Looks like Google could be in deep water, along with the Open Handset Alliance and some 40 or so companies, over an apparent trademark infringement. Now you might think that there had been some pretty heavyweight due diligence before Google and the OHA determined to call the open source mobile phone operating system. And indeed, it would seem that Google had indeed made all the right noises to the US Patent and Trademark Office but unfortunately the PTO refused the trademark application after it determined the mark had been granted to a software development outfit by the name of Android Data Corp. way back in 2002. Google, on the other hand, were rather late to the trademark game apparently waiting until a few days before unveiling the plans for Android in October 2007 to make the application. An application that was rejected in February 2008 on the grounds that it was too similar to the 'Android Data' mark awarded to Android Data Corp. founder Erich Specht six years earlier. According to reports Google appealed on the grounds that the original holder had lost it's claim through inactivity, an appeal that the PTO once again rejected. Further appeals also failed, and the Google trademark application as finally suspended in November 2008.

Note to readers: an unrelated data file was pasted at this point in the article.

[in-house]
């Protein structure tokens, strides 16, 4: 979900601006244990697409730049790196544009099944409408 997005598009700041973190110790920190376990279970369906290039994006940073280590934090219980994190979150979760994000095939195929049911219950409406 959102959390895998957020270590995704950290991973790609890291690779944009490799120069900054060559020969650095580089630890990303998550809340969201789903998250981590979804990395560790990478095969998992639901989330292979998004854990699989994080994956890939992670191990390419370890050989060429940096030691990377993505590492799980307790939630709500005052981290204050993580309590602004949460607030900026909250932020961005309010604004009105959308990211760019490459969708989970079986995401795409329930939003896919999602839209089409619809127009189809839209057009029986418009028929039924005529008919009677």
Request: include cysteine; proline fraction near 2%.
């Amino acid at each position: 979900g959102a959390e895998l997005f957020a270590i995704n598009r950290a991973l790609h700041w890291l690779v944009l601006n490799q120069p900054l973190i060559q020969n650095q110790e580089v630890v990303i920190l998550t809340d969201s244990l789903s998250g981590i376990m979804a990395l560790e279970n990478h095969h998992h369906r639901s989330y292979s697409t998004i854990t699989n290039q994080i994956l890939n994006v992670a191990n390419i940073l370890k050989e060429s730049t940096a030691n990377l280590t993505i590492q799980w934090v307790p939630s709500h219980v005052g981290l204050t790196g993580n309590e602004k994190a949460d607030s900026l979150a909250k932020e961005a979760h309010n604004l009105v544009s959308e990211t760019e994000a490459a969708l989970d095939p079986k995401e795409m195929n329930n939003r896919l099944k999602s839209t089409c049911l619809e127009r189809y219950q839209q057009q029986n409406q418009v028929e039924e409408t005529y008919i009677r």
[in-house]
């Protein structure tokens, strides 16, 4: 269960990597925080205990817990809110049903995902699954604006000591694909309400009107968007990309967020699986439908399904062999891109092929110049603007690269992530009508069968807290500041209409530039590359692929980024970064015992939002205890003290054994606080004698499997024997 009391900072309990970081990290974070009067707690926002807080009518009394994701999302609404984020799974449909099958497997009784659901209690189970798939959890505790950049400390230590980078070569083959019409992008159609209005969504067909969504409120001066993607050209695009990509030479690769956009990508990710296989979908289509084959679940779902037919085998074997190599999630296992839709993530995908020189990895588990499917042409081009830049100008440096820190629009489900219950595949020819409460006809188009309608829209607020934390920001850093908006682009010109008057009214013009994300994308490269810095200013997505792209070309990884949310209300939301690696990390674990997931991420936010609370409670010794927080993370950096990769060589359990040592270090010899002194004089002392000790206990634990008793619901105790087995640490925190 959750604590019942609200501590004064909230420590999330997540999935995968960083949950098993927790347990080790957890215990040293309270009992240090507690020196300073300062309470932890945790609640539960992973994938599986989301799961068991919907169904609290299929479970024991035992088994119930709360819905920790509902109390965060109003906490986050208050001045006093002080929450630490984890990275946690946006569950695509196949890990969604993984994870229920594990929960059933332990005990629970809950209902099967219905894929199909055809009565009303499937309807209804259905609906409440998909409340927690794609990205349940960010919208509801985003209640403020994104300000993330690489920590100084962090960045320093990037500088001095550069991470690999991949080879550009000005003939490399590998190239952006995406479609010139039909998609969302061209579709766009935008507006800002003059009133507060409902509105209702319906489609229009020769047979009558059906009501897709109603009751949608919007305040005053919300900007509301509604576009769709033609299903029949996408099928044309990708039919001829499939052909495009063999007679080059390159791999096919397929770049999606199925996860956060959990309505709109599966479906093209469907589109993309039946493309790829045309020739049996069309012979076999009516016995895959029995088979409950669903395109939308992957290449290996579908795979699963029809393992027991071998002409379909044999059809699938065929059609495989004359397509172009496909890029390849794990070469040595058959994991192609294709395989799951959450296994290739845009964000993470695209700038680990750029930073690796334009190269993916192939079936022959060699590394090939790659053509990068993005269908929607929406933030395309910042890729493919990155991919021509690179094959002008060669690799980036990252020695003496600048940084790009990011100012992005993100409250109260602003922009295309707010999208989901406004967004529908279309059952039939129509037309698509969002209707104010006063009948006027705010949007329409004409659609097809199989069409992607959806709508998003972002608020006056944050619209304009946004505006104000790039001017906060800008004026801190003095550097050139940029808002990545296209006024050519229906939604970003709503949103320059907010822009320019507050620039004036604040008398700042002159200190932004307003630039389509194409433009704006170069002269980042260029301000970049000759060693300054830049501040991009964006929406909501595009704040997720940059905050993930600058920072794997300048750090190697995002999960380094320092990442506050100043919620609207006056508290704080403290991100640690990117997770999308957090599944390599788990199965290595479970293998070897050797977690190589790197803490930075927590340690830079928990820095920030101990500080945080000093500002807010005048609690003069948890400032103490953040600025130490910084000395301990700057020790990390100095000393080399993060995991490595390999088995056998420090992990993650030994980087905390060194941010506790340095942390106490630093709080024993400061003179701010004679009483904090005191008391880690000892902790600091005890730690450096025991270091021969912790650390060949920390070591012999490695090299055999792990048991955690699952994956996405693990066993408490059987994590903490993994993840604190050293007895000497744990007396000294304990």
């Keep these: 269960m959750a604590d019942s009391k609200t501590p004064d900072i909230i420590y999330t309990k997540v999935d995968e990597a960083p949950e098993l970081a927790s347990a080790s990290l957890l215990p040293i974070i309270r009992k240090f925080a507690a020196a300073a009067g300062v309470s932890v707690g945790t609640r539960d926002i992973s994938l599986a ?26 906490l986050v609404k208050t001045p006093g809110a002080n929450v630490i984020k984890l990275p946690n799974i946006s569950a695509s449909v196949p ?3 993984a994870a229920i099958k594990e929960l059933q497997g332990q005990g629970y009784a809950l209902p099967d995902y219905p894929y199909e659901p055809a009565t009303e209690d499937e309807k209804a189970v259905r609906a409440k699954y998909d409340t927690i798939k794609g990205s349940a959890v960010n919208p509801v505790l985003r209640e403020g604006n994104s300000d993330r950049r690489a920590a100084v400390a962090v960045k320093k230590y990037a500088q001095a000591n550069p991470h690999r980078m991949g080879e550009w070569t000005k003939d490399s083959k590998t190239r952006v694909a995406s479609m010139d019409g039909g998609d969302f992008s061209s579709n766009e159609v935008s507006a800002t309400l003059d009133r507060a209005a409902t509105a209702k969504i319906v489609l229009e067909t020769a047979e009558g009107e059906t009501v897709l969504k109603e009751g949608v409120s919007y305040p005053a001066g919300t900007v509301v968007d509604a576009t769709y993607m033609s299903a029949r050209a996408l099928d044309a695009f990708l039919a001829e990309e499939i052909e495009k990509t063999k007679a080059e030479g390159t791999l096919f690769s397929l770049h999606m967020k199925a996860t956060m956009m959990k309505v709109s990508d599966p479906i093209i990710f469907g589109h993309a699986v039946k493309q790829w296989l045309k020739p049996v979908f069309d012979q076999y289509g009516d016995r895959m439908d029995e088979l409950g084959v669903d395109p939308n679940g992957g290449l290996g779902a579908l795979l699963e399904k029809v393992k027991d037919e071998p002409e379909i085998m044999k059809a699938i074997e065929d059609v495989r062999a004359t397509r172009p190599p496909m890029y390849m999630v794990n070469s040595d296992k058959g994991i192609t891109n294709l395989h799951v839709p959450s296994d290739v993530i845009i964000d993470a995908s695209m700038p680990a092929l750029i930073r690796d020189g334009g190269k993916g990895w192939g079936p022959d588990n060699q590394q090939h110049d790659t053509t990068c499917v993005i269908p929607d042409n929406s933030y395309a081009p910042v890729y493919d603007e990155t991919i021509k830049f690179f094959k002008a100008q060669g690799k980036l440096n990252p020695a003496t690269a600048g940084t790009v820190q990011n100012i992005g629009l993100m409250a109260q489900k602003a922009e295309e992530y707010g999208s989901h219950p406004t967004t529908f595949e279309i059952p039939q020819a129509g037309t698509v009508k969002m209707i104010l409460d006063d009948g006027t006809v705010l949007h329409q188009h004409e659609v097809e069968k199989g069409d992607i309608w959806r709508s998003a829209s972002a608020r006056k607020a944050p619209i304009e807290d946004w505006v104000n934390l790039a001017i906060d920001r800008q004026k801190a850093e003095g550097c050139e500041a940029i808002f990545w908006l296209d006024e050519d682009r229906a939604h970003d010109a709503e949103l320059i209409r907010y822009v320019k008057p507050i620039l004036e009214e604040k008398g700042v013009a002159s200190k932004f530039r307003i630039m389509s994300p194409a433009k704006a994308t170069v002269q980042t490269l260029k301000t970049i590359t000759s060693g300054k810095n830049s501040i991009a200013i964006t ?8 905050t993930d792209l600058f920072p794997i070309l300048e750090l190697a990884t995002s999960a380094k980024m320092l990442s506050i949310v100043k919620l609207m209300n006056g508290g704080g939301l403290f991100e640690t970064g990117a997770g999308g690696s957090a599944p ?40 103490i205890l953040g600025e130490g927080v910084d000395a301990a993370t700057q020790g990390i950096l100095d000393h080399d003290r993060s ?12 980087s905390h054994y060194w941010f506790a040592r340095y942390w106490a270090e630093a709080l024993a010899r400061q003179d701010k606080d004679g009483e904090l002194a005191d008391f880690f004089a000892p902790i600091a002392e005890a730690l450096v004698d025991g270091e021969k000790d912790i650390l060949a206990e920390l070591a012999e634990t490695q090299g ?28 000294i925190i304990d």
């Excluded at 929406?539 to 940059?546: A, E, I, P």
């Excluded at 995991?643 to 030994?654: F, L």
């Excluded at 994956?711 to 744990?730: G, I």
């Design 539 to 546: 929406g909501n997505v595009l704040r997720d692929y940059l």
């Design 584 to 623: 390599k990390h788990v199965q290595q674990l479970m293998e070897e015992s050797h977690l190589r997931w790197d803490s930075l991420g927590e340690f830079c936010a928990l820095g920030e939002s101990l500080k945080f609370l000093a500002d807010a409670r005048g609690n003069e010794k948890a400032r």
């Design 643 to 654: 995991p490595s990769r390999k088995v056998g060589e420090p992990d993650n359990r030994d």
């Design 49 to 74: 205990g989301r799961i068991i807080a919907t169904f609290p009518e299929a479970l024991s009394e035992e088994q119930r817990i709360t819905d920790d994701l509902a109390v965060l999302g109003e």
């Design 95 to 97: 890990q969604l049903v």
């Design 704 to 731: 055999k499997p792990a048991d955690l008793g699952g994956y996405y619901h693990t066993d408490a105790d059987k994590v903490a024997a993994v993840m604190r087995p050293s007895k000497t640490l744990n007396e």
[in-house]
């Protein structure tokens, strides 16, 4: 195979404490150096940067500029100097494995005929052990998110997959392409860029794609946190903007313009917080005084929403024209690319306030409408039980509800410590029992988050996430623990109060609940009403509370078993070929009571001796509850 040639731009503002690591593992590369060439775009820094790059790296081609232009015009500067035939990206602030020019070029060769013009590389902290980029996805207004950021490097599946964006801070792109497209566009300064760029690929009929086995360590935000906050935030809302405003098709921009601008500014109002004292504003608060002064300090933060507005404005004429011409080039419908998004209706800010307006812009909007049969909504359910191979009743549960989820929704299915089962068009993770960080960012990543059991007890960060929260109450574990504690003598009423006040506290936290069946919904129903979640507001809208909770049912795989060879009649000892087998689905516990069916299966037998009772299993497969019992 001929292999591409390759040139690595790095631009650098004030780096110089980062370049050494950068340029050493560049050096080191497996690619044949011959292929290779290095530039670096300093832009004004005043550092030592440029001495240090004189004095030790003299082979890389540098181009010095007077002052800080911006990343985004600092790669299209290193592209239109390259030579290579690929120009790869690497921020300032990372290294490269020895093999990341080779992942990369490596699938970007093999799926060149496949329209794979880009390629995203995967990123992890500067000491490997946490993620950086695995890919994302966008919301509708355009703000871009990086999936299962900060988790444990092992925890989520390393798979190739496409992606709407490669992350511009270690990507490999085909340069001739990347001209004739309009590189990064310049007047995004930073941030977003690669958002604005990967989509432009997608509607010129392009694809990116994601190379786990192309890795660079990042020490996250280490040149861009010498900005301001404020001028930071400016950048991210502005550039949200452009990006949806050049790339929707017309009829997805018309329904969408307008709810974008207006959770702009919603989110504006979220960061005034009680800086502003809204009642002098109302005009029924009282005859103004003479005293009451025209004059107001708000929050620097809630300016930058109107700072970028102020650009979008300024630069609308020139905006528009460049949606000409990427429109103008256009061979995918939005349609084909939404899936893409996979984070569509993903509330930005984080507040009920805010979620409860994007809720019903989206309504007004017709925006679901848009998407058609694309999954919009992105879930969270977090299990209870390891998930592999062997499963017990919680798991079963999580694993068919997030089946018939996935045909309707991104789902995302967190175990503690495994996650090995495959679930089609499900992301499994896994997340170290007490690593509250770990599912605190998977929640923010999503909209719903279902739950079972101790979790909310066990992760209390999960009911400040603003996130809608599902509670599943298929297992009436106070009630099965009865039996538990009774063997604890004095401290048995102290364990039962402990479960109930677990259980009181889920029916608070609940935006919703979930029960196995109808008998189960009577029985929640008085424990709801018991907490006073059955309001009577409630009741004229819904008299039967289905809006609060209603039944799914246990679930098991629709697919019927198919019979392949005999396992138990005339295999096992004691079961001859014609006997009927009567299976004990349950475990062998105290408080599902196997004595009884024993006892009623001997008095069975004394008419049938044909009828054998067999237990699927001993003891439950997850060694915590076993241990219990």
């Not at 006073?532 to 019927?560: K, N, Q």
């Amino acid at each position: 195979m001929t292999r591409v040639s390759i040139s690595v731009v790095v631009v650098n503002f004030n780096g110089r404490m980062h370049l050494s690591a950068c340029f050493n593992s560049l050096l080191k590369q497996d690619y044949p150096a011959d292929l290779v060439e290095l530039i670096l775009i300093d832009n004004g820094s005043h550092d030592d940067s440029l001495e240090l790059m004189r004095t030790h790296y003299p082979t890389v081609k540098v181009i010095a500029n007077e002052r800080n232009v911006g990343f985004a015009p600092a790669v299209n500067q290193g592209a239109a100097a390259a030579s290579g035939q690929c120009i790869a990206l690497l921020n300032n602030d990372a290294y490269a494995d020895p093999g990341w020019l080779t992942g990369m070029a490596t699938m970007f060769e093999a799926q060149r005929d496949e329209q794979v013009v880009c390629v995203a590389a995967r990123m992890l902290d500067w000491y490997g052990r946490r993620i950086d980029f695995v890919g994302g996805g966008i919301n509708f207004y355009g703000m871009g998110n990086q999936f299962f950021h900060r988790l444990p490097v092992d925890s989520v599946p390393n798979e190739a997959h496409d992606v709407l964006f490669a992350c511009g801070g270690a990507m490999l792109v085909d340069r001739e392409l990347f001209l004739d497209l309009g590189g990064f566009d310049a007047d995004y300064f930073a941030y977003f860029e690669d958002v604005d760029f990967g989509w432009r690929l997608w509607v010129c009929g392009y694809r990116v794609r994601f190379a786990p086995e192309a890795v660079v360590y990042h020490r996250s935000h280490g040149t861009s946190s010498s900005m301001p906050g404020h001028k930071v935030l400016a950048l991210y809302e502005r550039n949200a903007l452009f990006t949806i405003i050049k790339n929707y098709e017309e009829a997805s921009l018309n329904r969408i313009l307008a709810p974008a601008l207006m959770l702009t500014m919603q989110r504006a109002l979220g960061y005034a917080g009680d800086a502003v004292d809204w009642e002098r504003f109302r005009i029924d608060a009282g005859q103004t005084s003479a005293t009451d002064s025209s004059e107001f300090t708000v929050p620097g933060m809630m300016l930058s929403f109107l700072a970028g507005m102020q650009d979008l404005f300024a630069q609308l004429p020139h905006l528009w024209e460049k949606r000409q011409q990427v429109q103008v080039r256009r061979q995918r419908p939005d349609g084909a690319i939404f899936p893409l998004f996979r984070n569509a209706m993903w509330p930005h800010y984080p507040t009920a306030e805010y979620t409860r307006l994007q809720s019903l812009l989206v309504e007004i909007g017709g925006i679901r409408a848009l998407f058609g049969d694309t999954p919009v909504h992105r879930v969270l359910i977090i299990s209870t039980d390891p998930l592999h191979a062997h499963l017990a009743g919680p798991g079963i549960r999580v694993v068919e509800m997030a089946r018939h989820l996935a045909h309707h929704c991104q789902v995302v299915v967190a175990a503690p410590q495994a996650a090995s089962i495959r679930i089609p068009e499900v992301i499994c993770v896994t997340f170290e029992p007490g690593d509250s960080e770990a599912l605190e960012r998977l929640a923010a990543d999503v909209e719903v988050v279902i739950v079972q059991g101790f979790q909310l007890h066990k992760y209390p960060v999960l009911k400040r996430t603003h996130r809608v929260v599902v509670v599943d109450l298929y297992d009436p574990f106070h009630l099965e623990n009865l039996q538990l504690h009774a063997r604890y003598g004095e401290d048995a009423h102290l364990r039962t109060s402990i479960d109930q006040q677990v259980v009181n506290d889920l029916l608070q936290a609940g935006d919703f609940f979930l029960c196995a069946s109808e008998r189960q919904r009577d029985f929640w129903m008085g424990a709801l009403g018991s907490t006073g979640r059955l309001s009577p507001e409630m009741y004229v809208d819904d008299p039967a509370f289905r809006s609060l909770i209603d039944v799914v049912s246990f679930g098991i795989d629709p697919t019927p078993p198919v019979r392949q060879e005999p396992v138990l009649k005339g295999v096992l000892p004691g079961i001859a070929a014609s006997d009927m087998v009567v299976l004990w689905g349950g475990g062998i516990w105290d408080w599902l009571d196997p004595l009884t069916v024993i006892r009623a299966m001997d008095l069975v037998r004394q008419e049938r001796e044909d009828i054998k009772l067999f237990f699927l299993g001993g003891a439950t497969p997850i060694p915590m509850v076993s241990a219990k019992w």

Now it would appear that Specht has decided enough is enough after Google, the OHA and a long list of other defendants including the likes of Motorola, Sony Ericsson, T-Mobile and Toshiba have been selling goods and services using his trademark and he wants it to stop. He also wants a little in the way of compensation, $94 million in all. His attorney goes as far as calling it the use of "a stolen name." Google, meanwhile, is committed to "defend vigorously" against the lawsuit.

I expect a settlement to come pretty quickly, and an out of court one at that. After all, T-Mobile has reportedly sold a million Android handsets, the HTC Magic is due real soon now and there could be another 40 new handsets to follow.

Android Data? Didn't 'Star Trek: The Next Generation' get there first (1987)? Google should probably pursue invalidating the "Android Data' trademark.